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Blumenthal, Bipartisan Senate Colleagues Urge VA to Reconsider Unnecessary Burdens on Blue Water Navy Veterans Seeking Care for Toxic Exposure Related Health Conditions

Current policy presents excessive obstacles for Blue Water Navy veterans seeking care and benefits for health conditions caused by exposure to toxic chemicals while serving aboard Navy ships in Vietnam

(Washington, DC) – U.S. Senator Richard Blumenthal (D-Conn.), Ranking Member of the Senator Committee on Veterans’ Affairs, led a bipartisan group of 14 Senators in urging the U.S. Department of Veterans Affairs (VA) to change inconsistent and burdensome regulations placed on “Blue Water Navy” veterans seeking health care and benefits for conditions resulting from toxic chemical exposure during their service aboard Navy ships in Vietnam. Since 2002, only veterans serving within the land boundaries of Vietnam are presumed to have health conditions resulting from chemical exposure; veterans who did not serve on the ground, yet suffer from exposure-related conditions, are required to meet a burden of proof to receive VA-provided care and benefits. In their letter to VA Secretary Robert A. McDonald, the senators requested VA quickly change this policy to ensure all Vietnam veterans, not just not just those who served as “boots on the ground” in Vietnam, can easily access and receive the necessary health care for conditions resulting from chemical exposure.

Thousands of veterans who served on Navy ships during the Vietnam War are suffering from significant health conditions associated with exposure to toxic herbicides,” the Senators wrote. “Although these “Blue Water Navy” veterans served only aboard ships in the territorial waters of Vietnam, many were nonetheless profoundly affected by Agent Orange and other chemicals used as defoliants.”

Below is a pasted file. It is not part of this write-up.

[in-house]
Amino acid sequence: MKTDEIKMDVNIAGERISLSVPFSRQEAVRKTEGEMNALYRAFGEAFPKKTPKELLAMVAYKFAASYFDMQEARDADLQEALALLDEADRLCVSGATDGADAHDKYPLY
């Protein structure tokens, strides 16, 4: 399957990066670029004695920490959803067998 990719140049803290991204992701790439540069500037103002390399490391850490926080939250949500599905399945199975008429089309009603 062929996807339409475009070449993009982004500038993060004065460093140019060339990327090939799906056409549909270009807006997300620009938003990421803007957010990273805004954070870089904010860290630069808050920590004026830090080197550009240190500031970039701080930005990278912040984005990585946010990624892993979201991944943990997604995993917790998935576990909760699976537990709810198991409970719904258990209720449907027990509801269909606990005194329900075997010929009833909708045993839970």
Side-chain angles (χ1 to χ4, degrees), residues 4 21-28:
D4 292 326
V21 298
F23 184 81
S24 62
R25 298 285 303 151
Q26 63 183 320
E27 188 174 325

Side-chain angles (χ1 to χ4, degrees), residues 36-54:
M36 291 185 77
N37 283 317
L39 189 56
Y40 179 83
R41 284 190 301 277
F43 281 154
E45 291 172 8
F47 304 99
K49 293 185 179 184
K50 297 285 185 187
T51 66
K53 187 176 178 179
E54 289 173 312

The senators cited expert testimony at a recent SVAC hearing, as well as a decision by the Court of Appeals for Veterans Claims, all which support the need for VA to revisit this policy, writing, “there seems to be ample reason for you to make this policy decision in favor of the many veterans who are suffering from painful and debilitating diseases, and for whom justice is long overdue. As you did recently by extending the presumption to former reservists who had contact with contaminated C-123 aircraft used to spray herbicides in Vietnam, we urge you to use your rulemaking power to make it easier for Blue Water Navy veterans to find the care they need and deserve.”

We respectfully request that you use your statutory authority to afford the presumption of service connection to veterans with Agent Orange-related diseases who served in the territorial seas of the Republic of Vietnam between January 9, 1962 and May 7, 1975. We implore you to implement this change to the regulations immediately, so that the thousands of Blue Water Navy veterans can begin receiving the benefits that they have heretofore been unjustly denied.”

The letter was co-signed by U.S. Senators Jon Tester (D-Mont.), Kirsten Gillibrand (D-N.Y.), Steve Daines (R-Mont.), Sherrod Brown (D-Ohio), Cory A. Booker (D-N.J.), Edward J. Markey (D-Mass.), Heidi Heitkamp (D-N.D.), Debbie Stabenow (D-Mich.), Bob Casey, Jr. (D-Penn.), Tim Kaine (D-Va.), Mark Warner (D-Va.), Sheldon Whitehouse (D-R.I.), and Barbara Boxer (D-Calif.).

Full text of the letter can be viewed here.


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